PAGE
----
Research and Breakthroughs

Four Things You Didn’t Know About HIV and the Growing Child

From regulating our metabolism and mood to influencing overall growth and development, hormones intimately govern how our body works—especially during childhood and adolescence. But for youth with human immunodeficiency virus (HIV), infections and HIV-fighting antiretroviral medications can change the way these hormones act.

Mitchell E. Geffner, MD, and colleagues from across the U.S. – and in Puerto Rico—are studying the interaction between HIV and the hormone-producing endocrine system in the NIH-sponsored Pediatric HIV/AIDS Cohort Study (PHACS). Here are four key discoveries that Geffner’s group has made over the last few years:

  1. HIV may play a role in insulin resistance—and possibly the onset of diabetes—in affected adolescents.
  2. Children with HIV are more likely to have low bone mineral density, which can lead to osteoporosis and an increased risk of fractures.  
  3. Kids with HIV will enter puberty later than those who don’t have HIV.
  4. Children perinatally infected by HIV (meaning they were infected at or around their time of birth) have an increased risk of cardiovascular disease as they age which can be predicted by the severity of their HIV infection. 

“With the availability of better viral-specific drug therapies, the knowledge gleaned from this study will help to develop targeted monitoring and prevention strategies that ensure continued improvement in overall outcomes for HIV-infected children,“ said Geffner, who is Division Chief of the Center for Endocrinology, Diabetes, and Metabolism at CHLA.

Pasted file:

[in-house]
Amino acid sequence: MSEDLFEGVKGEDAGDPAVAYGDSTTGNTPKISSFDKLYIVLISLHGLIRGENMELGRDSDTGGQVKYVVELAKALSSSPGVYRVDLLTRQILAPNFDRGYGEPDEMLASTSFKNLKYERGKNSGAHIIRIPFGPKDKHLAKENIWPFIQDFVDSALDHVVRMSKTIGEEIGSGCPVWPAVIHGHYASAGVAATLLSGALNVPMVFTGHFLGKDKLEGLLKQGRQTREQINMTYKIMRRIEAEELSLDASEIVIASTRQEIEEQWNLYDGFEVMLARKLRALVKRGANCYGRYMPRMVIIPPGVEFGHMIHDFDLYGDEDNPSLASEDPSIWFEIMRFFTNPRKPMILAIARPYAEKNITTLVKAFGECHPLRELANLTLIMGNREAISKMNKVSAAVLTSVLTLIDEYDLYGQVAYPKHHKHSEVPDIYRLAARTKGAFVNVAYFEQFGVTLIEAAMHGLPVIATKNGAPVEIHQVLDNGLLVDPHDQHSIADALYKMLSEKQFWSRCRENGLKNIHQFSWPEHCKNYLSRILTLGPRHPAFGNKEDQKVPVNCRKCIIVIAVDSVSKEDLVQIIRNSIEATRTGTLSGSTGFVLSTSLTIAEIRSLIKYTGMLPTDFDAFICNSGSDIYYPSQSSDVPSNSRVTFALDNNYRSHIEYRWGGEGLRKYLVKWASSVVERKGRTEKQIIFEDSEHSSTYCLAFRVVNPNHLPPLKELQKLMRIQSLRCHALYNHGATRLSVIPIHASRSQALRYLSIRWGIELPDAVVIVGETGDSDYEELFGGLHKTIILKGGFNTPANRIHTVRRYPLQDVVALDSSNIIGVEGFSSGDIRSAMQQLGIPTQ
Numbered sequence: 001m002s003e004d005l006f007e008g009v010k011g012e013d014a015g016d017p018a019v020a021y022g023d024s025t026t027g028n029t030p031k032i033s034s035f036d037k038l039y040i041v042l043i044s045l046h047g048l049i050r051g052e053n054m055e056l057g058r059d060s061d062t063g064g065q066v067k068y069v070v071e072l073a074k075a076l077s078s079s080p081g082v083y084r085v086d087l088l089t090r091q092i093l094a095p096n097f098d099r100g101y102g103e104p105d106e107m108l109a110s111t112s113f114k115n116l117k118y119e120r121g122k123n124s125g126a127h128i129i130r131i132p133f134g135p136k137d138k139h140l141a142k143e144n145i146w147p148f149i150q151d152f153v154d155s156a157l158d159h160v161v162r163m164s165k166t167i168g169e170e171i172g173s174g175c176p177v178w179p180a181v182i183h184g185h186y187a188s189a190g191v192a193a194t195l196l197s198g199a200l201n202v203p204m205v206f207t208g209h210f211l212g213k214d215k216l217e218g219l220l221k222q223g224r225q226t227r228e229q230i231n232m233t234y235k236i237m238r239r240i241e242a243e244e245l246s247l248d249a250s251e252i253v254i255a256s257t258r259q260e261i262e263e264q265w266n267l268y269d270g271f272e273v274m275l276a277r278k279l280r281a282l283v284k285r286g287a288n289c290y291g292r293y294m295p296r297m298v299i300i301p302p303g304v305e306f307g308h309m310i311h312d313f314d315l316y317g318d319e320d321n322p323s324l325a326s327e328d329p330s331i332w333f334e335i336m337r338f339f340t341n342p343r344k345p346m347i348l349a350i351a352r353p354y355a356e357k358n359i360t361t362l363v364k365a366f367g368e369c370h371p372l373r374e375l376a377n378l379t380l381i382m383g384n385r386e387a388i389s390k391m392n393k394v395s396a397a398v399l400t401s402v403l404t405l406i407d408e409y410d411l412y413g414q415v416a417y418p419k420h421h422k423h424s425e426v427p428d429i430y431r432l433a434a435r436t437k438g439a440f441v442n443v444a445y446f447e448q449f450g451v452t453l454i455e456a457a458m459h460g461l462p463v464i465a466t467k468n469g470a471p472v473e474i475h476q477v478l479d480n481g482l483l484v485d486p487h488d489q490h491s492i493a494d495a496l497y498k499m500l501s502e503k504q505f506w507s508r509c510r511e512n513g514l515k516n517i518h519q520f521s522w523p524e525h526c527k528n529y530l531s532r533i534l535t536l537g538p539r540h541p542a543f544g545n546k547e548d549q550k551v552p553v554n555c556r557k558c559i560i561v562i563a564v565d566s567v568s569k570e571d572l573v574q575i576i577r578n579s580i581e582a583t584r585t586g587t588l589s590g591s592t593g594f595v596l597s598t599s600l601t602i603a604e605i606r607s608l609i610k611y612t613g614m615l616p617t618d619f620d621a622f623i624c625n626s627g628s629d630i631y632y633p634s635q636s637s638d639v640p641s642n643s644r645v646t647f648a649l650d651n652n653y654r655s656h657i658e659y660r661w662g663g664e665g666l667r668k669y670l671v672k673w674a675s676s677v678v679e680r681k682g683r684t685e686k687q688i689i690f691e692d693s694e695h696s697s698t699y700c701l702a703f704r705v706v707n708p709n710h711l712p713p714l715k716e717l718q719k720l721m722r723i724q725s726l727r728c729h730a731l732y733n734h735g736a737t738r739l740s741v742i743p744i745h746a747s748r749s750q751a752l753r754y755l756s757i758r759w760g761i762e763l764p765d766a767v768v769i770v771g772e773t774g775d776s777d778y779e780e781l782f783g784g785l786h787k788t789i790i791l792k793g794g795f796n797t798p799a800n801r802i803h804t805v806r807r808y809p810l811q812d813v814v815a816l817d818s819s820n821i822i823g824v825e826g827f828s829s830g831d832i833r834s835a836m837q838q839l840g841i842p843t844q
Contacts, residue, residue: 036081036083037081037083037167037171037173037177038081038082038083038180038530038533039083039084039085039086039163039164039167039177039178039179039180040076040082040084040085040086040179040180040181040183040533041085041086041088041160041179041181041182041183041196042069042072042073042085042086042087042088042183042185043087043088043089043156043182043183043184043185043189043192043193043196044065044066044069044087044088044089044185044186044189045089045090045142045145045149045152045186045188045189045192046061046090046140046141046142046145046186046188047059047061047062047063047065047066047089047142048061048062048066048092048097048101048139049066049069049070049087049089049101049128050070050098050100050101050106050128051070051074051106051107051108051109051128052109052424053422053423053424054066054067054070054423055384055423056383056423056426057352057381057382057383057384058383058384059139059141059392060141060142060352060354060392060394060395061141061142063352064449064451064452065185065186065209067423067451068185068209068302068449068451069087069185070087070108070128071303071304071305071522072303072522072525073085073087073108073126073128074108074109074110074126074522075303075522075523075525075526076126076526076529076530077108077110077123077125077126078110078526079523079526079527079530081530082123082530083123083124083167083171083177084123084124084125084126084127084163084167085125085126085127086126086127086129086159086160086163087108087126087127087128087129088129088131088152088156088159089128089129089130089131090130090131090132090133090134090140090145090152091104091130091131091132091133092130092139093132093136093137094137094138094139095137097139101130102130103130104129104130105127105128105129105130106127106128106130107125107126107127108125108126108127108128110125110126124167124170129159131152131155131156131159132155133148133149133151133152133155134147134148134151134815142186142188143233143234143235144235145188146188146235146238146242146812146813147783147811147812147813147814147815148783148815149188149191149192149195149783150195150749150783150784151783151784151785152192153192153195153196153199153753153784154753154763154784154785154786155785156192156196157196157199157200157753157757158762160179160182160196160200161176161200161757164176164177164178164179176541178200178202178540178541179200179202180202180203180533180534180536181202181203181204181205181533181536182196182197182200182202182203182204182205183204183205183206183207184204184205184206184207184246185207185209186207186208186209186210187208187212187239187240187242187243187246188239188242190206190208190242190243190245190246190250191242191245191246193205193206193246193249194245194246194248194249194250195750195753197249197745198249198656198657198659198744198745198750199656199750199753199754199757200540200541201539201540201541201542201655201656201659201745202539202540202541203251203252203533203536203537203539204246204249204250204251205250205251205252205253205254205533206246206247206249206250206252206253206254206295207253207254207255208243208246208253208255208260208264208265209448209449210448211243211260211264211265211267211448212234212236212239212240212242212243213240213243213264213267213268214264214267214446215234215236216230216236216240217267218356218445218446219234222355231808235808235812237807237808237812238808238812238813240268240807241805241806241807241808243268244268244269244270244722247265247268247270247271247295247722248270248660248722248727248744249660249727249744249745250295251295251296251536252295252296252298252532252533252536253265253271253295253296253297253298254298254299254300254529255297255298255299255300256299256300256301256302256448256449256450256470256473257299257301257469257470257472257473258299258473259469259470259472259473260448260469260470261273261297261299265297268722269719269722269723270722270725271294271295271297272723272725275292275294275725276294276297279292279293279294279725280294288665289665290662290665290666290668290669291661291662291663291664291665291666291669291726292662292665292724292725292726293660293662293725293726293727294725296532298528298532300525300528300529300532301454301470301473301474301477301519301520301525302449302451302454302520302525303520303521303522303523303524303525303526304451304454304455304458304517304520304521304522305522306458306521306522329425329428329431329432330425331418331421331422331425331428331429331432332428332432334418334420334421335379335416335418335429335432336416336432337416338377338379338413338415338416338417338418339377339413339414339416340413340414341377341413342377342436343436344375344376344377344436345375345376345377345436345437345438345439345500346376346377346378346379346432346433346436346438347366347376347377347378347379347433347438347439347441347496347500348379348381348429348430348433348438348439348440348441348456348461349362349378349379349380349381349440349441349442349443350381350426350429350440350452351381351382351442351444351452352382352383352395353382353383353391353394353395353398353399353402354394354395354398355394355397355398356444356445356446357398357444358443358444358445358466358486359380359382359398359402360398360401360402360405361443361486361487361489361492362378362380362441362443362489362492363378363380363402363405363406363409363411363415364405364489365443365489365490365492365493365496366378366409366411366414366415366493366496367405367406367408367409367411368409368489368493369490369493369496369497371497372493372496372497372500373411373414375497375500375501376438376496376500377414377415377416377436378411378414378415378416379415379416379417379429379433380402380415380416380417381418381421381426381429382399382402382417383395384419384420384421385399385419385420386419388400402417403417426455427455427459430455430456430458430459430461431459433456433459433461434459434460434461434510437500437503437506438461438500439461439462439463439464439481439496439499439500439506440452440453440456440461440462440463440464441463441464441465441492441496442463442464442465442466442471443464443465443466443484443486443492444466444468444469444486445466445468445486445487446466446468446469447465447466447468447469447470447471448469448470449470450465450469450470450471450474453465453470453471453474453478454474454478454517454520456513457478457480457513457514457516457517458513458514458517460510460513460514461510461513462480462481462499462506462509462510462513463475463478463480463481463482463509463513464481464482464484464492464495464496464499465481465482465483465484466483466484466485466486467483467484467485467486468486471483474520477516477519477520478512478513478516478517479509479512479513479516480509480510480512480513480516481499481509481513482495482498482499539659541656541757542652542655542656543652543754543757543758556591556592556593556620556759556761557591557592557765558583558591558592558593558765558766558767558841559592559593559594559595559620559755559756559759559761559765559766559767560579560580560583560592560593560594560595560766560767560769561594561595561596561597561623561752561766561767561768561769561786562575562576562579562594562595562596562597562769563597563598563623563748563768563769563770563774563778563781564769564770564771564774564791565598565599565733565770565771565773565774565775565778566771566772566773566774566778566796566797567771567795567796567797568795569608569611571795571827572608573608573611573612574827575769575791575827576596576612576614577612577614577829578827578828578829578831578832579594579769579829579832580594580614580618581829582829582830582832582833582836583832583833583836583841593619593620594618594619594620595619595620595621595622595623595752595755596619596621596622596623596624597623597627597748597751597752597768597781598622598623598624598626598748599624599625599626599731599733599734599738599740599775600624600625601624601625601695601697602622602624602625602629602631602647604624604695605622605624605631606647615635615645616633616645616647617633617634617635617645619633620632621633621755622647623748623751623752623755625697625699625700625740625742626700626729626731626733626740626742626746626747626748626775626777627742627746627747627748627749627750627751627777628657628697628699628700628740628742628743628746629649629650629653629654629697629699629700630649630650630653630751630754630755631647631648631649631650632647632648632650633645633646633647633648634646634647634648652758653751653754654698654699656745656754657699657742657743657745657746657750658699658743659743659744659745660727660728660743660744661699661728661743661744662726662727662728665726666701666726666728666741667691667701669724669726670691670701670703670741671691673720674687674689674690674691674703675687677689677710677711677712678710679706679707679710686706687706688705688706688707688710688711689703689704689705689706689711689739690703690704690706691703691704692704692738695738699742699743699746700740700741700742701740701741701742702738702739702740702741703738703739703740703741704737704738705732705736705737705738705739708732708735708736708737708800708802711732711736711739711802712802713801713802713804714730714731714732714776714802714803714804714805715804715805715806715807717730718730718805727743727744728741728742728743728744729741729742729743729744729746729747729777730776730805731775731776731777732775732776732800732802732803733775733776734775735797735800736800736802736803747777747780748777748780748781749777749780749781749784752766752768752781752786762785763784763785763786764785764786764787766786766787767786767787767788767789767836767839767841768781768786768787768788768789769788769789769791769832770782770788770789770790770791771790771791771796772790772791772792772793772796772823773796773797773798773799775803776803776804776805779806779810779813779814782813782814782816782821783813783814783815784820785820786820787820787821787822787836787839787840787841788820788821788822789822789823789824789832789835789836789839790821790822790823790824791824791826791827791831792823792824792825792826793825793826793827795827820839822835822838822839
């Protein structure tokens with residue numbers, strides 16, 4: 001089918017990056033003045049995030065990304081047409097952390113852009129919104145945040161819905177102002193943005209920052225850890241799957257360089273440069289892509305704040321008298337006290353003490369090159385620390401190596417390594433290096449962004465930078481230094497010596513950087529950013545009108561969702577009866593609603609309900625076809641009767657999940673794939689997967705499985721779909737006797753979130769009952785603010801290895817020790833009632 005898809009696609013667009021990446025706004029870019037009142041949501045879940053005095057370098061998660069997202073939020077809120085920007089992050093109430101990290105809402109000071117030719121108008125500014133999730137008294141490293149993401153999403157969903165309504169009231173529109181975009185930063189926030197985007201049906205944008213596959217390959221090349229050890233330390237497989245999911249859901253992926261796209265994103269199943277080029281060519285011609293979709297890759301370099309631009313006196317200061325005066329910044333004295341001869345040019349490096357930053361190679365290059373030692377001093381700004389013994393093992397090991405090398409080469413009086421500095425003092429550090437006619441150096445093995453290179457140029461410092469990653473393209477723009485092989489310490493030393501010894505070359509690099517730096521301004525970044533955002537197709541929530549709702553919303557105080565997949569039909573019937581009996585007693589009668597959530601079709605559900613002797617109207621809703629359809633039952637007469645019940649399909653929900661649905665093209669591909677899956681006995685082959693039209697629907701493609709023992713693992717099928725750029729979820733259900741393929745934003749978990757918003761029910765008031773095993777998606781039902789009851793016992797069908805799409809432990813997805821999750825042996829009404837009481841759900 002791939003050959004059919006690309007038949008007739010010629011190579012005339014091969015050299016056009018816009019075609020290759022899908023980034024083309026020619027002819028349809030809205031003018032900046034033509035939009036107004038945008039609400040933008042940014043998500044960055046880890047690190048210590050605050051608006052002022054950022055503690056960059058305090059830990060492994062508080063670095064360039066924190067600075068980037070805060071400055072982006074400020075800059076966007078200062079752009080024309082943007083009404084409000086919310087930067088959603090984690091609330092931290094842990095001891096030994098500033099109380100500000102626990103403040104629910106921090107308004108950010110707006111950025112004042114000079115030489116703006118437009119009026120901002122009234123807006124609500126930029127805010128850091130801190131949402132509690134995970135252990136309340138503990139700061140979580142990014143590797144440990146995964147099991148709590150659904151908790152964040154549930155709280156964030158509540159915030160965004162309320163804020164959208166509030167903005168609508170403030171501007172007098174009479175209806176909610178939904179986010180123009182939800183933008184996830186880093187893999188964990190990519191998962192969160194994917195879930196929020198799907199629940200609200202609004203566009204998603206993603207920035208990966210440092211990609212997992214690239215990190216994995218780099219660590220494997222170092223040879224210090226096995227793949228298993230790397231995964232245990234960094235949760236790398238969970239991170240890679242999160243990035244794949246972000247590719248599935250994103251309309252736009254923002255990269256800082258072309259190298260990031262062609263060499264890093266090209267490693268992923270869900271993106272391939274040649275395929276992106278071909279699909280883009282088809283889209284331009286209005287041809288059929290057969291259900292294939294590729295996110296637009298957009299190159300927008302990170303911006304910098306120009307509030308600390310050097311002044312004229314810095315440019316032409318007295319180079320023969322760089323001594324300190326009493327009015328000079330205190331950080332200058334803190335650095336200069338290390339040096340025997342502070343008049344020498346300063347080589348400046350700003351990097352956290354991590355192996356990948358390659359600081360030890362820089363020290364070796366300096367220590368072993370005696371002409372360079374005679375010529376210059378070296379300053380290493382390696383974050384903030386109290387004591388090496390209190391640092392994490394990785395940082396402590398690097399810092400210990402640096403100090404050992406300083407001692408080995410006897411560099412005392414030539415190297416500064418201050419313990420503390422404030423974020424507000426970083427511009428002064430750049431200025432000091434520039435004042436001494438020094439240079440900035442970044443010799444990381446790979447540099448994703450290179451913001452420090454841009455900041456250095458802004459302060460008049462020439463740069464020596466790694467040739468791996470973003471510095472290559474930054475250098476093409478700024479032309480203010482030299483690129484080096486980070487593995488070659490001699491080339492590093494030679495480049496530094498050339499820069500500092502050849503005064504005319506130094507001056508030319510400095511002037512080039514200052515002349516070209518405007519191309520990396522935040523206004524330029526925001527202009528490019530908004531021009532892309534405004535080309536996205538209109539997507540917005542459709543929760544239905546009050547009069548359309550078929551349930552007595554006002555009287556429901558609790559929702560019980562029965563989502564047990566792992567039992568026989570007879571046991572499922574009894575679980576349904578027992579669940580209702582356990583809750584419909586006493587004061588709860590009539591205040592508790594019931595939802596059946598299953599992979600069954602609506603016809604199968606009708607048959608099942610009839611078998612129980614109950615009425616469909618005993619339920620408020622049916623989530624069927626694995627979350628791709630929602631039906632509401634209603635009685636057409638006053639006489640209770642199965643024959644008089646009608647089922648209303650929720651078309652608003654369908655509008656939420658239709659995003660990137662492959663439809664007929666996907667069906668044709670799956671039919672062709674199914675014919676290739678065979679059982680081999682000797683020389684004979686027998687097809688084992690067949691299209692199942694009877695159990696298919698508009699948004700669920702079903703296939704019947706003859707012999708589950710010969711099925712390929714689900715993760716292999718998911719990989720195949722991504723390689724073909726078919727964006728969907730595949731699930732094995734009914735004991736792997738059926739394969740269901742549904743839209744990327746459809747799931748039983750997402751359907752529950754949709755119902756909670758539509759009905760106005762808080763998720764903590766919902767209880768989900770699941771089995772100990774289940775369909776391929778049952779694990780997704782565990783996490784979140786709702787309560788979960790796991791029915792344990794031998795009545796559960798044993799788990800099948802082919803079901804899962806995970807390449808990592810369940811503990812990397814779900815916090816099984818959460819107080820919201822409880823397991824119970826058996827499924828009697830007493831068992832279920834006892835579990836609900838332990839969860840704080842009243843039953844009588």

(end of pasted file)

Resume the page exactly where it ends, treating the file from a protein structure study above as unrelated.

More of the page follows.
Dimeglio LA et al., Bone mineral density in children and adolescents with perinatal HIV infection.  AIDS  2013;27:211-220.

Geffner ME et al., Factors associated with insulin resistance among children and adolescents perinatally-infected with HIV-1 in the Pediatric HIV/AIDS Cohort Study (PHACS).  Horm Res Paediatr. 2011;76:386-391.

Jacobson DL et al., Body fat distribution in perinatally HIV-infected and HIV-exposed but uninfected children in the era of highly active antiretroviral therapy:  Outcomes from the Pediatric HIV/AIDS Cohort Study (PHACS).  Amer J Clin Nutr  2011;94:1485-1495.

Miller TL et al., Metabolic abnormalities and viral replication associated with biomarkers of vascular dysfunction in HIV-Infected children.  HIV Med 2012;13:264-275.  

Williams PL et al., Pubertal onset in HIV-infected children in the era of combination antiretroviral treatment.  AIDS  2013;27:1959-1970.

Patel K et al., Aggregate risk of cardiovascular disease among adolescents perinatally infected with the human immunodeficiency. Circulation 2014;129:1204-1212.